1. Circuits which are powered at a nominal voltage up to 1000V A.C, and use frequencies of either 50Hz, 60Hz or 400Hz. Also, circuits which are supplied at a nominal voltage up to 1500 V D.C.
  2. Circuits, aside from those involved with the internal wiring of equipment, which operate at voltages over 1000V and conducted from an installation which has a voltage current lower than 1000V A.C.
  3. Wiring systems and cables which are not covered by compliance standards for electrical appliances.
  4. Any consumer installs external to a building.
  5. Wiring deployed for ICT (information and communication technology), signalling and control. This includes any addition or adjustment to the install, and also any elements of the original installation impacted by such alterations.

Book content

The book is split down into seven ‘parts’ Within Part 7, there is an accompanying Appendices. These parts (excluding Part 2) allude to the varying stages of the electrical instalment process. Therefore, individuals can feel rest assured that any electrical work conducted can be fully supported, from design to implementation, via the contents of this guide.

Part 2 contains a comprehensive list of definitions. It therefore complements Parts 1,3,4,5,6 and 7, as opposed to holding presence as a standalone section with ‘new’ information. Candidates should lean on this section when unsure of any terminology or acronyms deployed. The Appendices similarly serve as a helpful mechanism for learning. These contain various figures, tables, and graphs, which facilitate a stronger understanding of the electrical components deployed throughout the guide.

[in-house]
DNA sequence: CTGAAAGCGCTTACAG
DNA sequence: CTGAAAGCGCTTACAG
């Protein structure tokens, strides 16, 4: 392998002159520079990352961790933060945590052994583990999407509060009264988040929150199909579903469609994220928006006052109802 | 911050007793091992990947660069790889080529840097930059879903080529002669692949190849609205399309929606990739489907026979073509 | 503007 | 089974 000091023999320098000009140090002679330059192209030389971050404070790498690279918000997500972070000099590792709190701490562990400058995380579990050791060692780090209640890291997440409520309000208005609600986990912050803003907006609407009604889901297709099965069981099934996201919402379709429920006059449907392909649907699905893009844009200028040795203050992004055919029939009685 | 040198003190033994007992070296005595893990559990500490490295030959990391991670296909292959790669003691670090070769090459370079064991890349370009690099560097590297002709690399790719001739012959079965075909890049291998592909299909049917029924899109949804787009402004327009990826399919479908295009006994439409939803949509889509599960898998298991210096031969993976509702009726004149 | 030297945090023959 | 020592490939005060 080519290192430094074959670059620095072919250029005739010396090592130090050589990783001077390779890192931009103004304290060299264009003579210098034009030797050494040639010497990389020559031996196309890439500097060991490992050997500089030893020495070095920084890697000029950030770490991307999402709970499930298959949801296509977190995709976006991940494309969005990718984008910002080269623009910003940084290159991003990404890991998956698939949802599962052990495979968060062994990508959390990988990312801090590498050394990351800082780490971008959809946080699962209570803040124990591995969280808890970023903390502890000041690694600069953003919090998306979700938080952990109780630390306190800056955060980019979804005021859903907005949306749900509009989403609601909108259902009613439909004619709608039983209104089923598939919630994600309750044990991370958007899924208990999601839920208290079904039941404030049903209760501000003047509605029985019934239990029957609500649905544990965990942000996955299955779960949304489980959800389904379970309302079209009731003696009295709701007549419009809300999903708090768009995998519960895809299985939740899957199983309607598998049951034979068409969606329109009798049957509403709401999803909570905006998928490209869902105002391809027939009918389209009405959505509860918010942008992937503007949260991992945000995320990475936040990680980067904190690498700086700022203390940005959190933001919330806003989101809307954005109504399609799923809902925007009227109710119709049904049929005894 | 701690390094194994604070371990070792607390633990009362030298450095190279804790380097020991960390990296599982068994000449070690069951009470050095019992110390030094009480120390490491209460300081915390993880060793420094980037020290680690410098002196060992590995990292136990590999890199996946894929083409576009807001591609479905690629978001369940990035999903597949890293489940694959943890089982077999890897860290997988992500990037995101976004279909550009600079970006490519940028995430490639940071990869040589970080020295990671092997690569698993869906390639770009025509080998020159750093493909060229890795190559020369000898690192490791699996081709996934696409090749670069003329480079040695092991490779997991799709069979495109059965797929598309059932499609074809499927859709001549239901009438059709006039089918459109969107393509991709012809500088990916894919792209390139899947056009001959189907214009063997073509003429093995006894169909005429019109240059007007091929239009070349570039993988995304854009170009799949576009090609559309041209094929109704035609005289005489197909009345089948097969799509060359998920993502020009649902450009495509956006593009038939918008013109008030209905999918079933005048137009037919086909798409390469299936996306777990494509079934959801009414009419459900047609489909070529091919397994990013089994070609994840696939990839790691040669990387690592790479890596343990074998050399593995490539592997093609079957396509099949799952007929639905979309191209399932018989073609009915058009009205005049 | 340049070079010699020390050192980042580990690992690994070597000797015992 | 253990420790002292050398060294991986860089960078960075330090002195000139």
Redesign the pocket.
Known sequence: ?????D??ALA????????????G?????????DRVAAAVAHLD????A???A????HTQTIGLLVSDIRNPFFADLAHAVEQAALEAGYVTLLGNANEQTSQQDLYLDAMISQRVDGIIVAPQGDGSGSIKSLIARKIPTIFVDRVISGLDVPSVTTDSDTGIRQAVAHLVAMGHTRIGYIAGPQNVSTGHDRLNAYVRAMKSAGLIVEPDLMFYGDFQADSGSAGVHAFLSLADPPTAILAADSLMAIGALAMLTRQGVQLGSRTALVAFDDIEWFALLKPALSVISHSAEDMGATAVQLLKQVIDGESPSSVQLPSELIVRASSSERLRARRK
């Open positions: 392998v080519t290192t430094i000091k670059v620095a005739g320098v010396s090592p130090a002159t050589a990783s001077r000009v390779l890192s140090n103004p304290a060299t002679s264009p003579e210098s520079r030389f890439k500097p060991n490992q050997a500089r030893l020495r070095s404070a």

The full list of ‘parts’ included is as follows:

  • Part 1: Scope, object and fundamental principles
  • Part 2: Definitions
  • Part 3: Assessment of General Characteristics
  • Part 4: Protection for Safety
  • Part 5: Selection and erection of equipment
  • Part 6: Inspection and Testing
  • Part 7: Special Installations or Locations


There are a total of five appendices included in the guide, relating to various key elements. These are as follows:

  • Appendix 1: Standards and Bibliography
  • Appendix 2: Popular Cables current rating tables from bs7671: 2008 Appendix 4 4E1A, 4E4A, and 4D5A (samples only)
  • Appendix 3: Limiting earth fault loop impedance tables from bs7671: 2008
  • Appendix 4: Cable data-resistance, impedance and R1 and R2 values.
  • Appendix 5: Fuse I2t characteristics.

For the 17th edition, IET actually provided some additional appendices online. These are labelled as Appendices 10-18. They are documented on a ‘Companion Website,’ and can be accessed using this link: www.wiley.com/go/eca_wiringregulations

The texts included on this webpage refer to the following subjects:

  • Appendix 10: Example cable sizing locations
  • Appendix 11: Impedances of conduits and trunking
  • Appendix 12: Earth electrodes and earth electrode testing
  • Appendix 13: Notes on Out of Reach/Obstacles/Non-conducting Location/Earth-free Local Equipotential Bonding
  • Appendix 14: Additional ‘occasional’ tests that may be required
  • Appendix 15: Notes on periodic inspection and testing
  • Appendix 16: Electrical Research Association (ERA) report on armoured cables with external CPCS (circuit protective conductors)
  • Appendix 17: A4 sample versions of ECA bs7671: 2008 certificates and forms
  • Appendix 18: Building Standards in Scotland

As referenced, the appendices provide a tool to consolidate learnings. So, it’s well worth checking these sections located both online, and in the guide itself.


So, there you have it, a comprehensive overview of the 17th edition wiring regulations guide. Hopefully, this has served to give you a better understanding of the contents, function, and format of the book. The 18th edition guide is now the version in operation, so please ensure you suitably familiarise yourself with the information contained in that publication. If you have any questions relating to any edition of the wiring regulations guide, please either speak to your course convenor, or a trained, industry professional.